This preview shows pages 1–3. Sign up to view the full content.
This preview has intentionally blurred sections. Sign up to view the full version.
View Full Document
Unformatted text preview: CHAPTER 9 Constrained Optimisation Rational economic agents are assumed to make choices that maximise their utility or profit. But their choices are usually constrained – for example the consumer’s choice of consumption bundle is constrained by his income. In this chapter we look at methods for solving optimisa tion problems with constraints: in particular the method of Lagrange multipliers . We apply them to consumer choice , cost minimisa tion , and other economic problems. — ./ — 1. Consumer Choice Suppose there are two goods available, and a consumer has preferences represented by the utility function u ( x 1 ,x 2 ) where x 1 and x 2 are the amounts of the goods consumed. The prices of the goods are p 1 and p 2 , and the consumer has a fixed income m . He wants to choose his consumption bundle ( x 1 ,x 2 ) to maximise his utility, subject to the constraint that the total cost of the bundle does not exceed his income. Provided that the utility function is strictly increasing in x 1 and x 2 , we know that he will want to use all his income. The consumer’s optimisation problem is: max x 1 ,x 2 u ( x 1 ,x 2 ) subject to p 1 x 1 + p 2 x 2 = m • The objective function is u ( x 1 ,x 2 ) • The choice variables are x 1 and x 2 • The constraint is p 1 x 1 + p 2 x 2 = m There are three methods for solving this type of problem. 1.1. Method 1: Draw a Diagram and Think About the Economics x 1 x 2 P . . . . . . . . . . . . . . . . . . . . . . . . . . . . . . . . . . . . . . . . . . . . . . . . . . . . . . . . . . . . . . . . . . . . . . . . . . . . . . . . . . . . . . . . . . . . . . . . . . . . . . . . . . . . . . . . . . . . . . . . . . . . . . . . . . . . . . . . . . . . . . . . . . . . . . . . . . . . . . . . . . . . . . . . . . . . . . . . . . . . . . . . . . . . . . . . . . . . . . . . . . . . . . . . . . . . . . . . . . . . . . . . . . . . . . . . . . . . . . . . . . . . . . . . . . . . . . . . . . . . . . . . . . . . . . . . . . . . . . . . . . . . . . . . . . . . . . . . . . . . . . . . . . . . . . . . . . . . . . Provided the utility function is wellbehaved (increasing in x 1 and x 2 with strictly convex indifference curves), the highest utility is obtained at the point P where the budget constraint is tangent to an indifference curve. The slope of the budget constraint is: p 1 p 2 and the slope of the indifference curve is: MRS = MU 1 MU 2 (See Chapters 2 and 7 for these results.) 153 154 9. CONSTRAINED OPTIMISATION Hence we can find the point P : (1) It is on the budget constraint: p 1 x 1 + p 2 x 2 = m (2) where the slope of the budget constraint equals the slope of the indifference curve: p 1 p 2 = MU 1 MU 2 In general, this gives us two equations that we can solve to find x 1 and x 2 ....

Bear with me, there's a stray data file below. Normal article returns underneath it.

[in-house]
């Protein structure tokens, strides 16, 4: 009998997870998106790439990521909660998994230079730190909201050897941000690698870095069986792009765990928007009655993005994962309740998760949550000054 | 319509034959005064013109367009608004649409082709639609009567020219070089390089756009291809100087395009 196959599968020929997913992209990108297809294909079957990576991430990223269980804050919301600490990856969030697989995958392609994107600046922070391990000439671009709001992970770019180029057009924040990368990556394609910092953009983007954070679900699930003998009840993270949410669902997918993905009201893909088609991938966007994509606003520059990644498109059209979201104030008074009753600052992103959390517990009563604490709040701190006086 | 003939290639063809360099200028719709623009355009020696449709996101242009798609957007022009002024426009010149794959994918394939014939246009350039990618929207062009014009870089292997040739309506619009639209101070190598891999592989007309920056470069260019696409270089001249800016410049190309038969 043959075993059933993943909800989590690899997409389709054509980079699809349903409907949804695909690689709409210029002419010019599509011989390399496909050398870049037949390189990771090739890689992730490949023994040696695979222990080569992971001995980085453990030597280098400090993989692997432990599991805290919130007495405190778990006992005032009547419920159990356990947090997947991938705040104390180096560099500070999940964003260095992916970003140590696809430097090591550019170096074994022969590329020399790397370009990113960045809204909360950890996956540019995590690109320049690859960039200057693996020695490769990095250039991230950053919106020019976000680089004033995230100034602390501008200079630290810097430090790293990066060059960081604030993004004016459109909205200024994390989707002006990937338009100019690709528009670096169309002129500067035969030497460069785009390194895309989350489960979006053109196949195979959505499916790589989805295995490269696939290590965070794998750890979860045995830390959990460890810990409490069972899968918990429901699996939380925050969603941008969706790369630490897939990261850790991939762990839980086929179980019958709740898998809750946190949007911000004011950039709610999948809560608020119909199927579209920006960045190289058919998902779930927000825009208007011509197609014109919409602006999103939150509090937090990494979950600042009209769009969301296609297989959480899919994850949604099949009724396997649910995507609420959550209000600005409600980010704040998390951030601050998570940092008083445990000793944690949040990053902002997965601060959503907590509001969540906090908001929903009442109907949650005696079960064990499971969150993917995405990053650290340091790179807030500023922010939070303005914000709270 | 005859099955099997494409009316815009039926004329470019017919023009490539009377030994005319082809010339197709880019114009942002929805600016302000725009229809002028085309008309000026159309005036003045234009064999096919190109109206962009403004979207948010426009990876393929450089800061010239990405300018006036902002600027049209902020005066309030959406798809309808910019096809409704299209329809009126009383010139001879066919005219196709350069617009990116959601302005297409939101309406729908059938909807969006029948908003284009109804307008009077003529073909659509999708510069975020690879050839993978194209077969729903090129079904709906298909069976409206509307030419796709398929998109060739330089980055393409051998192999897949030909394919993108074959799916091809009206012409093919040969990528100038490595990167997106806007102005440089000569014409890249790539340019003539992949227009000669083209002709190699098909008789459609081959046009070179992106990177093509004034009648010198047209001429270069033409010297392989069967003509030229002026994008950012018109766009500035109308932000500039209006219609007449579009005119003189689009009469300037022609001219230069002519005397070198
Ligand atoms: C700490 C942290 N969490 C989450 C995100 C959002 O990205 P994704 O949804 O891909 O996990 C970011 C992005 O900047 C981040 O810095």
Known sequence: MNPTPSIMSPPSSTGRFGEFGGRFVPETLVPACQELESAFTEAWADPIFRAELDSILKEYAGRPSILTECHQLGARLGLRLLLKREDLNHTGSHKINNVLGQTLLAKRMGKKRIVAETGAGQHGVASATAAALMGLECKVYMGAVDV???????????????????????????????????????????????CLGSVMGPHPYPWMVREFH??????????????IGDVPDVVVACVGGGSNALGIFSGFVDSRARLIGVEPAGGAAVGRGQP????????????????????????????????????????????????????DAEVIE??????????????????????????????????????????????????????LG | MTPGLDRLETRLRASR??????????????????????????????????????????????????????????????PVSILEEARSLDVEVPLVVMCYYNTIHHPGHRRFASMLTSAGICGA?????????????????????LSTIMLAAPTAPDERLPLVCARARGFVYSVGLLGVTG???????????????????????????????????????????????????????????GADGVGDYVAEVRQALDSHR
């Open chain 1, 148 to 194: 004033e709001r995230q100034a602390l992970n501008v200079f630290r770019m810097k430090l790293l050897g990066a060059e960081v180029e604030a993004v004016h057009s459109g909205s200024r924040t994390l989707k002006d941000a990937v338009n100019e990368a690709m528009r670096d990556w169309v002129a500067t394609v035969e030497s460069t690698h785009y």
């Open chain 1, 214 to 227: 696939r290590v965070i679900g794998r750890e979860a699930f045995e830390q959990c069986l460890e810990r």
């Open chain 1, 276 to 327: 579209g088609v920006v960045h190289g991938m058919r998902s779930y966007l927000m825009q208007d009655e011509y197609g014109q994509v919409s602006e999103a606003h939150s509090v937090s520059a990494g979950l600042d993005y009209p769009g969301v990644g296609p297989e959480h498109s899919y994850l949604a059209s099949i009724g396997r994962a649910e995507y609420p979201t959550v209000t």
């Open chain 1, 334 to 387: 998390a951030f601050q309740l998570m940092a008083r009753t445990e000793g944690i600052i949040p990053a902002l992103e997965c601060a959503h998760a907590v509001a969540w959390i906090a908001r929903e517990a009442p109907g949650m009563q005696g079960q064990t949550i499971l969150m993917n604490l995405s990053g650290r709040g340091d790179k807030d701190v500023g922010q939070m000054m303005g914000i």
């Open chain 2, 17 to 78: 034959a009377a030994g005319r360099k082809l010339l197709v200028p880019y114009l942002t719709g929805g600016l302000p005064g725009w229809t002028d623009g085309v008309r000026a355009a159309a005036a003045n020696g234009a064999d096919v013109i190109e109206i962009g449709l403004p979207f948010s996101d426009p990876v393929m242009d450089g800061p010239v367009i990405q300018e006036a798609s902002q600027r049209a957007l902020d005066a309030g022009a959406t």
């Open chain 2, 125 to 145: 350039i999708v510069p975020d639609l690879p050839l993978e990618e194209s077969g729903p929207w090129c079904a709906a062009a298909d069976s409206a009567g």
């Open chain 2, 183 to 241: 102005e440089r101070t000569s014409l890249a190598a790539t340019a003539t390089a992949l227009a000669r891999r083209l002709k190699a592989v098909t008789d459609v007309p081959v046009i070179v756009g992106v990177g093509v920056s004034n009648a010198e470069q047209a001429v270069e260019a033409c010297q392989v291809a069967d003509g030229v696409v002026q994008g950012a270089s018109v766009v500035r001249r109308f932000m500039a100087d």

View
Full
Document
This note was uploaded on 04/12/2010 for the course ECON DEAM taught by Professor Vines during the Spring '10 term at Oxford University.
 Spring '10
 Vines
 Economics, Utility

Click to edit the document details